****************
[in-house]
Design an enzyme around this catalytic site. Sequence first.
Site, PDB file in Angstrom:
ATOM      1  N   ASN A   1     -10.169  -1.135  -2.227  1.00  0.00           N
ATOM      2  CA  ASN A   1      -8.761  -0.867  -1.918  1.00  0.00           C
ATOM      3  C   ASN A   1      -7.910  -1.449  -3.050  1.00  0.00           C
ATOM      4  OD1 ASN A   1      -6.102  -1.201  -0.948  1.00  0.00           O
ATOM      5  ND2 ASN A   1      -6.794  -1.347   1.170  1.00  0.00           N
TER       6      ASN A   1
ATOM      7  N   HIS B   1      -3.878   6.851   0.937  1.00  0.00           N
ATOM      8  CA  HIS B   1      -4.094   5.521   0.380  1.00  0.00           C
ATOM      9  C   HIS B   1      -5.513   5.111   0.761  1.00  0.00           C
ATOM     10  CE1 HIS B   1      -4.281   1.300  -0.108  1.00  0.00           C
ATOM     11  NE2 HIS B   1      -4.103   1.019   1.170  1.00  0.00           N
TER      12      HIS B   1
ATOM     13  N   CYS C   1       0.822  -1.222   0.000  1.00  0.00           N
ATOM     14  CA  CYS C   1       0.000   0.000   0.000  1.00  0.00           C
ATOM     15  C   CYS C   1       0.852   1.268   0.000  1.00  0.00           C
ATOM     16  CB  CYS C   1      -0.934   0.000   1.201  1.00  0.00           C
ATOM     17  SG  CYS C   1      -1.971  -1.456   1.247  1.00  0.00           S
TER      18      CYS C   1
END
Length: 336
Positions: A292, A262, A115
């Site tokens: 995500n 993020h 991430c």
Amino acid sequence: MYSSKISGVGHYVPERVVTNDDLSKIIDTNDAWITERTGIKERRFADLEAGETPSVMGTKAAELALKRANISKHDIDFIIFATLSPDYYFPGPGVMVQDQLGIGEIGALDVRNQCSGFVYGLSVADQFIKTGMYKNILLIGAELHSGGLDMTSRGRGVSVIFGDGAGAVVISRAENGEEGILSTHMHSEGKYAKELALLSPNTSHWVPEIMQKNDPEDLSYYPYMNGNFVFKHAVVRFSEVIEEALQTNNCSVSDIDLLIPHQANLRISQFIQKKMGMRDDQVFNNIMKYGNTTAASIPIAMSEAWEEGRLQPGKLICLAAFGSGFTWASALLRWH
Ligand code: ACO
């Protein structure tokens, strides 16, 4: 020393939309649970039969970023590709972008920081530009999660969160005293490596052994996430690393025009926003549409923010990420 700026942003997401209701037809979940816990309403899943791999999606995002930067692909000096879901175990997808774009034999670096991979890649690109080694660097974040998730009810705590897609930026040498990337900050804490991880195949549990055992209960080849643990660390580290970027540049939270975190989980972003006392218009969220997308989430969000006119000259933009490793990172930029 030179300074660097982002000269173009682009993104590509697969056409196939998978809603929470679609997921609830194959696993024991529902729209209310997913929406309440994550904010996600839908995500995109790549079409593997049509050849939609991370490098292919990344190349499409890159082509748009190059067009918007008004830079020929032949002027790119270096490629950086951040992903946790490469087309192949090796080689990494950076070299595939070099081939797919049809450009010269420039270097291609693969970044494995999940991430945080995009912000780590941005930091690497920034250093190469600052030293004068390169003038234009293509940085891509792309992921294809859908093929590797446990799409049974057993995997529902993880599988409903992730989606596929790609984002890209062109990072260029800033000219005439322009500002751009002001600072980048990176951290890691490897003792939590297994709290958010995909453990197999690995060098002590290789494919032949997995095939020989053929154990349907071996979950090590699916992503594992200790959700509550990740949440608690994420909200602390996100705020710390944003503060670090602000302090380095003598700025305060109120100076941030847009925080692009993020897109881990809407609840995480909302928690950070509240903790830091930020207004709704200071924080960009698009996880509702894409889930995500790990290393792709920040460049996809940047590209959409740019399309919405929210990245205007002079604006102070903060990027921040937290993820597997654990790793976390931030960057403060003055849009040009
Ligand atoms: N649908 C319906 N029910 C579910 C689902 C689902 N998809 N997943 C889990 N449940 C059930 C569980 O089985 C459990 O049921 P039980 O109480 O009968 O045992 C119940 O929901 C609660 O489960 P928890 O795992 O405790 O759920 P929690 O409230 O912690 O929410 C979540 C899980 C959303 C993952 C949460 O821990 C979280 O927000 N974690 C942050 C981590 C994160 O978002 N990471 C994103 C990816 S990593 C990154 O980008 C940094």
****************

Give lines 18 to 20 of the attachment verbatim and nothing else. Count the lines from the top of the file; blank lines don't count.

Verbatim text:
ATOM     15  C   CYS C   1       0.852   1.268   0.000  1.00  0.00           C
ATOM     16  CB  CYS C   1      -0.934   0.000   1.201  1.00  0.00           C
ATOM     17  SG  CYS C   1      -1.971  -1.456   1.247  1.00  0.00           S